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These are the videos that changed YouTube forever, from ‘Lazy Sunday’ to ‘Baby Shark’ (GOOGL, GOOG)

YouTube most influential videosYouTube

Fifteen years ago, YouTube broke ground when it allowed internet users to upload and share videos in a more efficient way than ever before.
YouTube quickly skyrocketed to become the most popular online video platform in the world. Now, more than 500 hours of content are uploaded to the platform every minute.
Some videos, however, have had more of an impact than others. These clips went viral and were ingrained into internet culture, setting a precedent for both the immediate and long-term effects that online video could have.
Business Insider has selected 17 YouTube videos that have been the most influential in shaping the platform.
Visit Business Insider’s homepage for more stories.
Nike’s Ronaldinho “Cross Bar” ad — October 2005

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A Nike ad featuring the Brazilian soccer star Ronaldinho was the first video to rack up 1 million views on YouTube. In the ad, Ronaldinho puts on a golden pair of Nike’s new Tiempo cleats, effortlessly hitting the crossbar again and again as the ball boomerangs right back to him each time. In a feat of marketing genius, Nike uploaded the video under the alias “JoeB,” as if it was any other YouTube user instead of the multinational sneaker conglomerate. 

“We didn’t even know exactly how it was being shared. All of the sudden, this two-minute video was getting more traffic than they were seeing with any other marketing video,” YouTube cofounder Steve Chen told Business Insider. “We were just seeing a huge amount of traffic from that video, and that actually led us to go up to Oregon to visit Nike’s headquarters. I remember walking through the office talking about the potential of YouTube.”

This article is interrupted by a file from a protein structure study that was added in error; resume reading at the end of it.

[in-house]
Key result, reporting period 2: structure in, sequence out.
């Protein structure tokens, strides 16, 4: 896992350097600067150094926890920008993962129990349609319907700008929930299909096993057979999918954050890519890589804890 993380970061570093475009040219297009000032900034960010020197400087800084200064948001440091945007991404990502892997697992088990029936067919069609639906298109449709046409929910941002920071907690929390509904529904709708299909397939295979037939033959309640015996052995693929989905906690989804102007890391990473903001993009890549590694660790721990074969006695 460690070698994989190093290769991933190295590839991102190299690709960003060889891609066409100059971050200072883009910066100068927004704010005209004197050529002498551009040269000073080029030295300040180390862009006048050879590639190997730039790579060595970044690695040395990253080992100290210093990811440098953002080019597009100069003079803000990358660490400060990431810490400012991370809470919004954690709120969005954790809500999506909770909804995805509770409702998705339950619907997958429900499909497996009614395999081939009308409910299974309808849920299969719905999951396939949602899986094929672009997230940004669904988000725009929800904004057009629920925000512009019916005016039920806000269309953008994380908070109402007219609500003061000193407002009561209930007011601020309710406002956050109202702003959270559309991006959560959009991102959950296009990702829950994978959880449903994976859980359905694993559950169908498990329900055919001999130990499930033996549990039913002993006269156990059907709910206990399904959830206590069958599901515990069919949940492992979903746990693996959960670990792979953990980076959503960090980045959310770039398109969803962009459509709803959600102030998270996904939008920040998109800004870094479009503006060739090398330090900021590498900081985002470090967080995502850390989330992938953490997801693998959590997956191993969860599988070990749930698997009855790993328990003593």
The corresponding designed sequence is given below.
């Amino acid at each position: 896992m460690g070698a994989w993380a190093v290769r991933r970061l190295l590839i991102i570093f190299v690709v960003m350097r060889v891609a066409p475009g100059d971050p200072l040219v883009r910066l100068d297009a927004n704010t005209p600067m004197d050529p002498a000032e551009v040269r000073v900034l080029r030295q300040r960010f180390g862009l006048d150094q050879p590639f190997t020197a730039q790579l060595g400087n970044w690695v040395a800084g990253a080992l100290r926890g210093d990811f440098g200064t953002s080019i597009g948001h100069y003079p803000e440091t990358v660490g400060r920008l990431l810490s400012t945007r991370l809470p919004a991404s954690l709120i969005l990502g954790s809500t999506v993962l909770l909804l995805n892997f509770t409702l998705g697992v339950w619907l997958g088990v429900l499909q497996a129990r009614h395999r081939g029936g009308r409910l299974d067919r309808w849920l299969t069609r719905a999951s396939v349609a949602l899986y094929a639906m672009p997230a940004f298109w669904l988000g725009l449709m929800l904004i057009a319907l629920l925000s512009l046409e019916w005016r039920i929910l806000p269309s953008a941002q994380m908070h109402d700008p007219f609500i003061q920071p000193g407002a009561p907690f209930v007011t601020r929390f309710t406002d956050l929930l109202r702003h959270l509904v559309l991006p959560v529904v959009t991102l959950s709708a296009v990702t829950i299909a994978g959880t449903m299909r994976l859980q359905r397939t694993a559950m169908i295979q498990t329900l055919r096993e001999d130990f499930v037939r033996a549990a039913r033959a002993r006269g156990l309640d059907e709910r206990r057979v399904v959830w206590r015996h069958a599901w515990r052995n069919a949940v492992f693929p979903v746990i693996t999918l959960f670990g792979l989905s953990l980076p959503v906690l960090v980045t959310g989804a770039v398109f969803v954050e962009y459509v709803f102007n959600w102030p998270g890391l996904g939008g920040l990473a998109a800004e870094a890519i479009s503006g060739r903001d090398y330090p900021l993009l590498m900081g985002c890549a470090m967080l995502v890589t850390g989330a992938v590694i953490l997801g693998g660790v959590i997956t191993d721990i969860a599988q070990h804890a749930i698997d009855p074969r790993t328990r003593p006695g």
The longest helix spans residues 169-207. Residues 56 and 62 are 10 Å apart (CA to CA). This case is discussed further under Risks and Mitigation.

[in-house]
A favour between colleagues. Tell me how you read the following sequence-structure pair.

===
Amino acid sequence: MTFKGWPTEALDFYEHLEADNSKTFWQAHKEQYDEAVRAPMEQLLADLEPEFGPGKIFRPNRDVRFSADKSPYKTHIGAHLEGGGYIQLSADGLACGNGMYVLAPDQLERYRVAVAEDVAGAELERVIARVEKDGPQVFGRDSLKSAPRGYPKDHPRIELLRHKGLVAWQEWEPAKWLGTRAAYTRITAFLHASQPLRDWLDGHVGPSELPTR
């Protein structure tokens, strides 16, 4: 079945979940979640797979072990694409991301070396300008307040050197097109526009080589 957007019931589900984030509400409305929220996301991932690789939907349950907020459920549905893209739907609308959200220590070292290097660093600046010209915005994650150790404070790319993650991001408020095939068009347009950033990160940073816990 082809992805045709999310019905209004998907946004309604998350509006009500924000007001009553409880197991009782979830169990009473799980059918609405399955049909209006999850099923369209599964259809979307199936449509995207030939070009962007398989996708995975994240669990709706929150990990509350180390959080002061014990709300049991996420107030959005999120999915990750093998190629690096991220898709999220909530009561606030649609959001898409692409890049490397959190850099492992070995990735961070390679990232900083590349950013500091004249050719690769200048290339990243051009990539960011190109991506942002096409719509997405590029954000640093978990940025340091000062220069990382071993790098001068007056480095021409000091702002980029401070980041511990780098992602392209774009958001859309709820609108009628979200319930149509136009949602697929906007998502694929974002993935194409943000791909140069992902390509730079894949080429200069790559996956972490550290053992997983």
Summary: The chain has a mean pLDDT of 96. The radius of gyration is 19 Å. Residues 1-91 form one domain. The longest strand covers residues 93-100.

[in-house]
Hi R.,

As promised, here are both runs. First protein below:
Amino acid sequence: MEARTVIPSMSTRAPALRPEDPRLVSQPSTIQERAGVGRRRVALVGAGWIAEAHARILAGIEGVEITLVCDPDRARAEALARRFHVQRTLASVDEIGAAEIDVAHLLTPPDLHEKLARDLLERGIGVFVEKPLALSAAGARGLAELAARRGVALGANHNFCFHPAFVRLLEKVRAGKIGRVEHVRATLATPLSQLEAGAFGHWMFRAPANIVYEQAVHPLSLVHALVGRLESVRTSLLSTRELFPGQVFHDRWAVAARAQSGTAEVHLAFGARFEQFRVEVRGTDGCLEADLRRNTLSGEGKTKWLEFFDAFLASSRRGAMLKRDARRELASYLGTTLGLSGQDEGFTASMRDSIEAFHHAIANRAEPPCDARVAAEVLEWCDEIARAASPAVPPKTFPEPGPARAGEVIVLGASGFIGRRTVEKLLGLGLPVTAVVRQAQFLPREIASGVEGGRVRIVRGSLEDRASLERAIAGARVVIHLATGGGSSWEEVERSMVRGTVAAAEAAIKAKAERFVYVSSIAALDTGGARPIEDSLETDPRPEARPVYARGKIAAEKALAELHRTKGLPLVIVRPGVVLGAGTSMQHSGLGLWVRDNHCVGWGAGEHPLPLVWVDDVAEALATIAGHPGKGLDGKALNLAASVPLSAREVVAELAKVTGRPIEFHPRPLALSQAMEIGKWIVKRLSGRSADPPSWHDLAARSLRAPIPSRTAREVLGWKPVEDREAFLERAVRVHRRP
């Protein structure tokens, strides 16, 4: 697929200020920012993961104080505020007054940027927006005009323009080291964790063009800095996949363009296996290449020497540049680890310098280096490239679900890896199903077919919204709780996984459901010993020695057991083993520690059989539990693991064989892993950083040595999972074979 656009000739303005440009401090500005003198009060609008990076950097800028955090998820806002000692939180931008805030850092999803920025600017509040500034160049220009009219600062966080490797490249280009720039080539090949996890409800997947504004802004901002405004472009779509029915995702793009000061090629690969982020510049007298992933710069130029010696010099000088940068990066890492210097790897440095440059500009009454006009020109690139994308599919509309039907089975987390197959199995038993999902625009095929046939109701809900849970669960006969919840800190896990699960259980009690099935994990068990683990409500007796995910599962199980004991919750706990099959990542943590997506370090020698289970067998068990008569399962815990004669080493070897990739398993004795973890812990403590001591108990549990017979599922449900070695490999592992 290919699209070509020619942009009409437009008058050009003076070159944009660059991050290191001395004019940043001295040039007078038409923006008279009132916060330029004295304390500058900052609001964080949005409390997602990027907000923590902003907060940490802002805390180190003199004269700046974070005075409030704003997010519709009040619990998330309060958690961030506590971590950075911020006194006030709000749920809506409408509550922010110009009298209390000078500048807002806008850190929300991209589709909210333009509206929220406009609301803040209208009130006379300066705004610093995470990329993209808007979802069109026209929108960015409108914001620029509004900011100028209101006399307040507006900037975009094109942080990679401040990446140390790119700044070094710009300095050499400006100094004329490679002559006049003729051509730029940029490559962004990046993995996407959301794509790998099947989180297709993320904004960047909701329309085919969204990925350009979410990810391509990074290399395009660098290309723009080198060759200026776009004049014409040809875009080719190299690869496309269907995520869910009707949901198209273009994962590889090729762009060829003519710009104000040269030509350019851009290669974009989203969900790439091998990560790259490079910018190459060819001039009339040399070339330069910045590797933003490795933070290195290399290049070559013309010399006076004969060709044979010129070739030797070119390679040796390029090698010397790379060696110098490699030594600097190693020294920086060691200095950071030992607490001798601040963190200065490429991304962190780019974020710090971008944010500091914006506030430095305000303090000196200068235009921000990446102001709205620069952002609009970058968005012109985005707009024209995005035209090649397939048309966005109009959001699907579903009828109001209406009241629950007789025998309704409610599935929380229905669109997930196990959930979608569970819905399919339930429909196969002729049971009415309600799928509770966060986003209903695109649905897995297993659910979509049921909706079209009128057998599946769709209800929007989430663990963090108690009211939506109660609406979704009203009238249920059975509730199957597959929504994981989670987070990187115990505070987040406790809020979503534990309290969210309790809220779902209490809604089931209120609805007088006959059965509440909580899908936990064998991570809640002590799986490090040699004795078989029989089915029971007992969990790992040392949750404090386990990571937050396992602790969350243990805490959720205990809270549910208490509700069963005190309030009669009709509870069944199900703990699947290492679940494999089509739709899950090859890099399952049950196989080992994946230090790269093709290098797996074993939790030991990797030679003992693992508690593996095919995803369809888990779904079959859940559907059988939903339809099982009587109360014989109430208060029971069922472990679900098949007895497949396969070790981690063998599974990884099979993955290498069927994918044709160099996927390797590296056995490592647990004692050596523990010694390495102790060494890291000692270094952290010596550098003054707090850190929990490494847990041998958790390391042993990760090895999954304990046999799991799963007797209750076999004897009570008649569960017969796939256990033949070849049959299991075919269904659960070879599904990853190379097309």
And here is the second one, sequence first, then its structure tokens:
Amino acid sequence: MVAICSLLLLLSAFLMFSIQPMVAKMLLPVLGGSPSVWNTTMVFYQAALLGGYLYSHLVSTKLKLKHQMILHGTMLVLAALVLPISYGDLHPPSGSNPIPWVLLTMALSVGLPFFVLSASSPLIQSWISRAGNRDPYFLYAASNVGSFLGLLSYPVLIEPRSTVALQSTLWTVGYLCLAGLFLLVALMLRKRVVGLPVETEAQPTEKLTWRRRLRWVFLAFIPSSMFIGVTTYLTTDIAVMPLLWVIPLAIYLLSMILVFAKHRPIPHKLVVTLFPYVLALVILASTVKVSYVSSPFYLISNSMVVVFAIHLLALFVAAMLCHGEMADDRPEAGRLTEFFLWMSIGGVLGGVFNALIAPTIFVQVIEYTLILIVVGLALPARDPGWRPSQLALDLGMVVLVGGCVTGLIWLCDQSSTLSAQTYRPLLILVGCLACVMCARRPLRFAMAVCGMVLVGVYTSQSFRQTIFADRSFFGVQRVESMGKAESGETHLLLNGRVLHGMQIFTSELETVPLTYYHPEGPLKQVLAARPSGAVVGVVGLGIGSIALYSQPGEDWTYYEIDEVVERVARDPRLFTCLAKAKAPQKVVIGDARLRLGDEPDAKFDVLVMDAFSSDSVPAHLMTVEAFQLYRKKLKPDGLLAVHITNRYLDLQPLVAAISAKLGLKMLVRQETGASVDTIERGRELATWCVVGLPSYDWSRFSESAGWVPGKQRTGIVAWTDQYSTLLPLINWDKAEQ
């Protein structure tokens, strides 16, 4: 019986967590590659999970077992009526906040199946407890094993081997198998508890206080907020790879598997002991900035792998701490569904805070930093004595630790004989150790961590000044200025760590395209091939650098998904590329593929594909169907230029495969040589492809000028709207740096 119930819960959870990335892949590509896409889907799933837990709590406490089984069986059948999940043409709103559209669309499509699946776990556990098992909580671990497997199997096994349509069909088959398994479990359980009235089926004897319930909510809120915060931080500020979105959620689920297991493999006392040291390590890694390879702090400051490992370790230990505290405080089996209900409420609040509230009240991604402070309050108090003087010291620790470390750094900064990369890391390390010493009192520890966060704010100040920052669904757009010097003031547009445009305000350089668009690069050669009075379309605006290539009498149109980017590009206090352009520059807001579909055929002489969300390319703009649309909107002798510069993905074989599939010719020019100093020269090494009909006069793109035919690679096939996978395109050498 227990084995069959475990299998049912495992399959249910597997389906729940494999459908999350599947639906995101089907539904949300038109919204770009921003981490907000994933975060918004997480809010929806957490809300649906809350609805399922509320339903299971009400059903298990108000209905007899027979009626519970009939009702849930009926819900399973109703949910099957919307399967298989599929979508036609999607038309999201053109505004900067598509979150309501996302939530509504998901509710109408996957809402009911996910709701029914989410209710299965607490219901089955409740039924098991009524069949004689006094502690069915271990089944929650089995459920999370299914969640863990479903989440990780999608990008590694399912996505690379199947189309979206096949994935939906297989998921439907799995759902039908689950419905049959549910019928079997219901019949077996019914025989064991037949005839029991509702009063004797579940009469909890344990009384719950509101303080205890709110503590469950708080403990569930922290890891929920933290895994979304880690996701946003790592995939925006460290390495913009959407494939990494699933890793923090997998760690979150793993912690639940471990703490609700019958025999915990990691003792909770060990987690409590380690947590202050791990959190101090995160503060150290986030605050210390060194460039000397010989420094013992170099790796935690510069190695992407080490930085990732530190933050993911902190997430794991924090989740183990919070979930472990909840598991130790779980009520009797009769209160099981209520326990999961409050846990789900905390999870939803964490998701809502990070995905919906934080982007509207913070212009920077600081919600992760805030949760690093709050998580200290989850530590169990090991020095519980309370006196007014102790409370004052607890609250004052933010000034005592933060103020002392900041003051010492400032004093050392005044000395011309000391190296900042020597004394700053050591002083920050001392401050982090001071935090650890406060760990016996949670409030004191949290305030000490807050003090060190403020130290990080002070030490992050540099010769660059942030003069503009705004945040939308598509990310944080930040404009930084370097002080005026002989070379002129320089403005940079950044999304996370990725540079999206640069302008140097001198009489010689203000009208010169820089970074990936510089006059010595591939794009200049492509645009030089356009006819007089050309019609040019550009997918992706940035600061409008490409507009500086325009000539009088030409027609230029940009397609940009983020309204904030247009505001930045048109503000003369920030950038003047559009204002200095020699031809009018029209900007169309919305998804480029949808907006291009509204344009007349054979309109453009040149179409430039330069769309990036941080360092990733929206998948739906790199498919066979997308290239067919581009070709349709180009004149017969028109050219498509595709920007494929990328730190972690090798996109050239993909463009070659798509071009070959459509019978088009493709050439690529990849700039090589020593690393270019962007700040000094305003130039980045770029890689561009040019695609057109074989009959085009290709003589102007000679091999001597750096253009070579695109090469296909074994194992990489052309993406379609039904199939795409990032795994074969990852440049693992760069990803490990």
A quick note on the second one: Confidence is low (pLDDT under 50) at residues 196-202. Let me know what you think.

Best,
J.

“Lazy Sunday” from “Saturday Night Live” — December 2005

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The “Saturday Night Live” digital short “Lazy Sunday” features Chris Parnell and Andy Samberg rapping about cupcakes and “The Chronicles of Narnia.” The iconic skit went viral after a random internet user posted it to YouTube. A few days later, NBC, sent YouTube a notice asking the platform to take down the clip, along with 500 others, or face legal consequences. YouTube complied, but the clip had already racked up over 5 million views, setting an early example of YouTube’s potential for virality.

“Evolution of Dance” — April 2006

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Judson Laipply’s “Evolution of Dance” routine — a compendium of dance moves through the ages he performed as a motivational speaker — became the first YouTube video to hit 100 million views. The video maintained its spot as the most-watched clip on YouTube for more than three years, solidifying Laipply’s place as one the platform’s earliest celebrities. At age 30, Laipply became the first “poster boy” for YouTube, he told Business Insider.

“I honestly figured it would all die down in a year or two,” Laipply said. “I never thought that 14 years later, I would still be talking about it.”

See the rest of the story at Business Insider

See Also:

7 early YouTubers reveal the moments they knew they made it bigTake a look at the history-making pitch deck YouTube used to secure its first $11.5 million from Sequoia Capital in 2005, and the investor memo that convinced the firm of the platform’s potential‘We had no idea how to do it’: YouTube’s founders, investors, and first employees tell the chaotic inside story of how it rose from failed dating site to $1.65 billion video behemoth

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